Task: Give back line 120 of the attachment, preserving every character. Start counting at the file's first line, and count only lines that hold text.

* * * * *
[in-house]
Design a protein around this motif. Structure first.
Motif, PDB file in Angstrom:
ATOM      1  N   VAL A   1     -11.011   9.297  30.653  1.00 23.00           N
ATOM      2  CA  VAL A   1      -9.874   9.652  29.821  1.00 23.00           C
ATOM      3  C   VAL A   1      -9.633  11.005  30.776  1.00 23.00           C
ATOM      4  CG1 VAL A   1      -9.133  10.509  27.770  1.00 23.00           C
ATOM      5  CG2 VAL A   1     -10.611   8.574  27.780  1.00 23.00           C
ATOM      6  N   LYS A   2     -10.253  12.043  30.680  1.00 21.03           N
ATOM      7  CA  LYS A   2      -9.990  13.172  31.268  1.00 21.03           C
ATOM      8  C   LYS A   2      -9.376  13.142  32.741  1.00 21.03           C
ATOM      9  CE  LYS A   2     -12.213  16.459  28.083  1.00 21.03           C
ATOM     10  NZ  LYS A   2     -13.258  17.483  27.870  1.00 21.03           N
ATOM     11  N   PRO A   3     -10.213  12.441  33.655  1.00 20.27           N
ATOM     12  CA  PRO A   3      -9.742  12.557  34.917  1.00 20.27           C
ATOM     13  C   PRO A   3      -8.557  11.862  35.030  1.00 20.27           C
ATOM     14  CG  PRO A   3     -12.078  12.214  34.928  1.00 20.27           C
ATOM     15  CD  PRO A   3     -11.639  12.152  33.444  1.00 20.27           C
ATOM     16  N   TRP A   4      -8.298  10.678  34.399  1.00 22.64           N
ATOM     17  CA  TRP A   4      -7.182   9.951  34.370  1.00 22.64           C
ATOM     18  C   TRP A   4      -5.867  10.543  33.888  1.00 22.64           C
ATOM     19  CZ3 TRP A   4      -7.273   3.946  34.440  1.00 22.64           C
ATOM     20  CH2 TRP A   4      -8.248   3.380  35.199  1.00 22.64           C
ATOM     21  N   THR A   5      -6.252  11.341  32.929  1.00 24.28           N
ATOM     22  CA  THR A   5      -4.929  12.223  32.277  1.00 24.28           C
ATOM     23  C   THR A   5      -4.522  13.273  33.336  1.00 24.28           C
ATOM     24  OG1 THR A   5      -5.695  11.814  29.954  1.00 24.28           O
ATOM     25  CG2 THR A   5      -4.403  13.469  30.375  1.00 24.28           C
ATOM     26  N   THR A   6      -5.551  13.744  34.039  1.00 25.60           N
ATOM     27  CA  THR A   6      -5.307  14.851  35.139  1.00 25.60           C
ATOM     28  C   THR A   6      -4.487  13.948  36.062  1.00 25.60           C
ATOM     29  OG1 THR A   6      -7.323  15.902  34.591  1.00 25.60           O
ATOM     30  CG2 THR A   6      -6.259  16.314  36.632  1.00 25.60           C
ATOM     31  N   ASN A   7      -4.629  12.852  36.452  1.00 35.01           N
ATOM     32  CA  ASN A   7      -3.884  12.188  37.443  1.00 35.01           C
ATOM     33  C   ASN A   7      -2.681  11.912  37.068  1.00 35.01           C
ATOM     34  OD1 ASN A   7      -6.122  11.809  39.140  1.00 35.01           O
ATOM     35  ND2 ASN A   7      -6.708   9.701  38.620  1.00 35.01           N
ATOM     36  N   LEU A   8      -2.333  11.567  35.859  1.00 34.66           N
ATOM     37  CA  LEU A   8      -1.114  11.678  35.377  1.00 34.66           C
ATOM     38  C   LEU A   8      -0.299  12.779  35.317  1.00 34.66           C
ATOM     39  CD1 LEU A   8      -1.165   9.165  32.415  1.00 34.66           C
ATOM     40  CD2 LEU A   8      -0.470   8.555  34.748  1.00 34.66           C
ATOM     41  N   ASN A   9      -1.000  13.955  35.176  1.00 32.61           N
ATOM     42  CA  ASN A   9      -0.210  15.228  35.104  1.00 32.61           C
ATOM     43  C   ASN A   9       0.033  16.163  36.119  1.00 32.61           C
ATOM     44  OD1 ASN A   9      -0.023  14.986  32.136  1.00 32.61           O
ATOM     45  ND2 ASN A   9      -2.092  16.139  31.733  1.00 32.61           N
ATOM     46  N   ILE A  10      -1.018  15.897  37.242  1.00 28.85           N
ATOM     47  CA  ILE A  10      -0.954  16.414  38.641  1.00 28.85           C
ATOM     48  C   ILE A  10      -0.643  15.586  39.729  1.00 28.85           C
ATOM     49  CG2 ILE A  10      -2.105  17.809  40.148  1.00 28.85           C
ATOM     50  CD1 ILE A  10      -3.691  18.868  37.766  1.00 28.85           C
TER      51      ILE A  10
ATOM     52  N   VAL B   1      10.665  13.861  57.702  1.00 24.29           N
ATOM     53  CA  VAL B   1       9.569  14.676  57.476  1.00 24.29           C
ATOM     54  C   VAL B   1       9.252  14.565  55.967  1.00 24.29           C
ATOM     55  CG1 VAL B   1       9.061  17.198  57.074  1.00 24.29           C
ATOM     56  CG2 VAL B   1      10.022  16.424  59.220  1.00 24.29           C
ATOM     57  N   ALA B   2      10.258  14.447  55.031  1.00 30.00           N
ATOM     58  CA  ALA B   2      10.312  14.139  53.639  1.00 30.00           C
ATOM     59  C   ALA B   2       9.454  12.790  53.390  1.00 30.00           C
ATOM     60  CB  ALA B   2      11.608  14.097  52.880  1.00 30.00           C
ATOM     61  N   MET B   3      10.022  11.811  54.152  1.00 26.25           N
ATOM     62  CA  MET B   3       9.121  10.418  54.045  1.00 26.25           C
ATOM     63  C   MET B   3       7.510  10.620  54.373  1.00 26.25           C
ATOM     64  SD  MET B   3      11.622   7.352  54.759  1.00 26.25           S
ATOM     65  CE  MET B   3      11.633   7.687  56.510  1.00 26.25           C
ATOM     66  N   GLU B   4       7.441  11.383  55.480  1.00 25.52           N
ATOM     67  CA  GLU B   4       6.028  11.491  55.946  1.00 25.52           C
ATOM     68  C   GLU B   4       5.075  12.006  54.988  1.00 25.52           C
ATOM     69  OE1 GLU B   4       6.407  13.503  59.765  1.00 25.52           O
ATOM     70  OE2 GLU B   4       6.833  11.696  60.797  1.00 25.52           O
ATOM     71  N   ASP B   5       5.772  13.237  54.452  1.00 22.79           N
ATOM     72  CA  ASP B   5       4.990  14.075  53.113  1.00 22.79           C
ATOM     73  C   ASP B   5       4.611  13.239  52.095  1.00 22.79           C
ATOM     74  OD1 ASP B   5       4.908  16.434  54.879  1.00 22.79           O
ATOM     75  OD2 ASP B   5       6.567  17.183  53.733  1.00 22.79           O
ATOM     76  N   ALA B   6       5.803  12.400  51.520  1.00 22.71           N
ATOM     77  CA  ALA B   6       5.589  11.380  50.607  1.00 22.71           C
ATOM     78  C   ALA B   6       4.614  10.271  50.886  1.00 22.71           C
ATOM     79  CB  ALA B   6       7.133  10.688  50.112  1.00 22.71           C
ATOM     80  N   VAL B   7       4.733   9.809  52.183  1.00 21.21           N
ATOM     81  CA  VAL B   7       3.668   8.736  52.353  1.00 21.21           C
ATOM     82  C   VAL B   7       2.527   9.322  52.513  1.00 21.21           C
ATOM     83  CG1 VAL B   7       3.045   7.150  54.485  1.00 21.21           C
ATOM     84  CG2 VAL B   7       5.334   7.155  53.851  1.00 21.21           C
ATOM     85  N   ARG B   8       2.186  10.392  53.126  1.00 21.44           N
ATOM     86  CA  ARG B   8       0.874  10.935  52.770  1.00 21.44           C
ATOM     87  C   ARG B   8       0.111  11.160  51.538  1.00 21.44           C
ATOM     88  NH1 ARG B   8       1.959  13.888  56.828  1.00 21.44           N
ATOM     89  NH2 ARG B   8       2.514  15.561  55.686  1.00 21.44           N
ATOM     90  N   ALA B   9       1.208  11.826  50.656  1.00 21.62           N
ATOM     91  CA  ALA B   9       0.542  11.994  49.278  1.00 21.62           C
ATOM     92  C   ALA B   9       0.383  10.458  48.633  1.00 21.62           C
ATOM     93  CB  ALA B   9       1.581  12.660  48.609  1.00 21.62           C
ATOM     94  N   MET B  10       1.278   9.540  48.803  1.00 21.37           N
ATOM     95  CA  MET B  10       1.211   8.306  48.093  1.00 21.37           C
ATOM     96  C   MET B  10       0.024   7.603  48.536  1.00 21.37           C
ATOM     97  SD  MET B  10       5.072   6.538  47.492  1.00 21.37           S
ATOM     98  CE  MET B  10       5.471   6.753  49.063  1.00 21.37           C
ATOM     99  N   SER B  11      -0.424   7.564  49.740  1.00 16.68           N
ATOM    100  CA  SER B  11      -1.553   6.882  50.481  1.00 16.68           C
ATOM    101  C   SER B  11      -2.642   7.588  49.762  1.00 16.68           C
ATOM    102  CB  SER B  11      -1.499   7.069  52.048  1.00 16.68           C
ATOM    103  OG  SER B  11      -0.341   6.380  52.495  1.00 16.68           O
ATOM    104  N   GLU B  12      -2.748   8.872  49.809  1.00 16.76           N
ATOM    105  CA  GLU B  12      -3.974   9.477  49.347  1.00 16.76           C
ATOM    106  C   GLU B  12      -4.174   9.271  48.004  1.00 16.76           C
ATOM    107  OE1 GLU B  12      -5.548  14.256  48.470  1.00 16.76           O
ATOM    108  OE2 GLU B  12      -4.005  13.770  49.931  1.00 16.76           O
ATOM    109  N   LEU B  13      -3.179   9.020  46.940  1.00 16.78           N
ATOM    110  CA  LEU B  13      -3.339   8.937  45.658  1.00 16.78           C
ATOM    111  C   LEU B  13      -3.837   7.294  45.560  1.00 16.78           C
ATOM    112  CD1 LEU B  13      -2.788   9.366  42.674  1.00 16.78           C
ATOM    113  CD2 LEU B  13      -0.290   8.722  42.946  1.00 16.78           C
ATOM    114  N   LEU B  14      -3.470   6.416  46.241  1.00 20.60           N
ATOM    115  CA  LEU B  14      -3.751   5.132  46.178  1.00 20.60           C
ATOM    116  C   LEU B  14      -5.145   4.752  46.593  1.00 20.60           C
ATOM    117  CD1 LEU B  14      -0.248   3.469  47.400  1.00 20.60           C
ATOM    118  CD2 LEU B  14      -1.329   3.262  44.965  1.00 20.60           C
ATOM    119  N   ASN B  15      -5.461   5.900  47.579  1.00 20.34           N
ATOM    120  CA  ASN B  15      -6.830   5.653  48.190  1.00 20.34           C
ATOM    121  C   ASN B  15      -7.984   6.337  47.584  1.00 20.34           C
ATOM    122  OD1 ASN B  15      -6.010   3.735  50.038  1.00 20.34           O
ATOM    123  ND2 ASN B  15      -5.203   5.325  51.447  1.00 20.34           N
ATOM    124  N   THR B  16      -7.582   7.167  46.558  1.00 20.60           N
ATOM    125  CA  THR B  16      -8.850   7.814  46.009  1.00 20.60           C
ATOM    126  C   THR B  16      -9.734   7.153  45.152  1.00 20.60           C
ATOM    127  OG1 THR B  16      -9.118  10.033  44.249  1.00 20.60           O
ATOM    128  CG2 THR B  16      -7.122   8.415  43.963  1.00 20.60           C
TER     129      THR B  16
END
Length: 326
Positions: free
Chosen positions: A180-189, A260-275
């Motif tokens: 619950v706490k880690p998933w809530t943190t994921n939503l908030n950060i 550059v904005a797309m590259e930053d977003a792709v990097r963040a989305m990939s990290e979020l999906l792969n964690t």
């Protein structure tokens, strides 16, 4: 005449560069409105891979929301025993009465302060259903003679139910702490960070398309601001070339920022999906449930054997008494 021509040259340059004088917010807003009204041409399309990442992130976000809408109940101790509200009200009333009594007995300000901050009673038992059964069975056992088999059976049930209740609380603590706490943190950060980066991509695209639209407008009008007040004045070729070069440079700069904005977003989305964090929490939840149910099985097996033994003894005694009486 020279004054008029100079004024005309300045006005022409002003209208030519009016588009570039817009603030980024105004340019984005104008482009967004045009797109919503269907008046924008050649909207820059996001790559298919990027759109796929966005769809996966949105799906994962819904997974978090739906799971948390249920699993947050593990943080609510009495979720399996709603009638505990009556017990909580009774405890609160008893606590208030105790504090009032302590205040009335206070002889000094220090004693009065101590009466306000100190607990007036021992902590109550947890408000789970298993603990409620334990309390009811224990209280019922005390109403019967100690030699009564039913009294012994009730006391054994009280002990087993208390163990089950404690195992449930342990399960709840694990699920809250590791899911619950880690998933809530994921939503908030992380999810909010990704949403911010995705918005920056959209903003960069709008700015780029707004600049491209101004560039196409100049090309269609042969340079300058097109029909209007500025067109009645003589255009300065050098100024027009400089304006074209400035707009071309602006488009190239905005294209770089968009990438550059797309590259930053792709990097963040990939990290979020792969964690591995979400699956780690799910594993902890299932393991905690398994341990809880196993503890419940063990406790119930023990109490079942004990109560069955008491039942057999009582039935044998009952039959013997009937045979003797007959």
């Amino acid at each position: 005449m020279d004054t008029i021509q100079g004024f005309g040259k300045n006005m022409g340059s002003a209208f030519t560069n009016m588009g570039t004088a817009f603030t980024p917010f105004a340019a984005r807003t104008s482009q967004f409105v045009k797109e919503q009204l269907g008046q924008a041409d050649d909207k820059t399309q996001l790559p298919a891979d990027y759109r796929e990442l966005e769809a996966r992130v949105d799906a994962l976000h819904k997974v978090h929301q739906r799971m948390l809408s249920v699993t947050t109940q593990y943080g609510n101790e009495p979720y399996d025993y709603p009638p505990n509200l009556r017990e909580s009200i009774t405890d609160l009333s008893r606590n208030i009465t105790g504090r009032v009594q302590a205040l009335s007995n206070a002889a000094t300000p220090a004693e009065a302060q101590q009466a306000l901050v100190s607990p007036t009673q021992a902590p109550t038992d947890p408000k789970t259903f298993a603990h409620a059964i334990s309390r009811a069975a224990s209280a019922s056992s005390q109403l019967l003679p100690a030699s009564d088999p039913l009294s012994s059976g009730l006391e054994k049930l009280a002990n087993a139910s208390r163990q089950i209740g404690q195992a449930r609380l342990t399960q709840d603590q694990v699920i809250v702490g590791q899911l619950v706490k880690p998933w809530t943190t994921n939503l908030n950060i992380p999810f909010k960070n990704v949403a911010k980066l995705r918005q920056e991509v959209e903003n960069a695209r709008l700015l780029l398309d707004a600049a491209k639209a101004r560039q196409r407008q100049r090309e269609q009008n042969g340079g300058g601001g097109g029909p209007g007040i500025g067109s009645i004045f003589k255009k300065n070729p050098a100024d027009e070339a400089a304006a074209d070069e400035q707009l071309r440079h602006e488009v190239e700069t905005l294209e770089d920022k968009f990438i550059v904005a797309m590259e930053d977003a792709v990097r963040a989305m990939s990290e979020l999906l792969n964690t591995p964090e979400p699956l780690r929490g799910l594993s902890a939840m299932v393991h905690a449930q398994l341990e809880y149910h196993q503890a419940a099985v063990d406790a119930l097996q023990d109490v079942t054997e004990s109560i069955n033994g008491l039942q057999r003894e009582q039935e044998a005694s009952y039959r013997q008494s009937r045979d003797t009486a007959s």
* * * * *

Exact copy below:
ATOM    117  CD1 LEU B  14      -0.248   3.469  47.400  1.00 20.60           C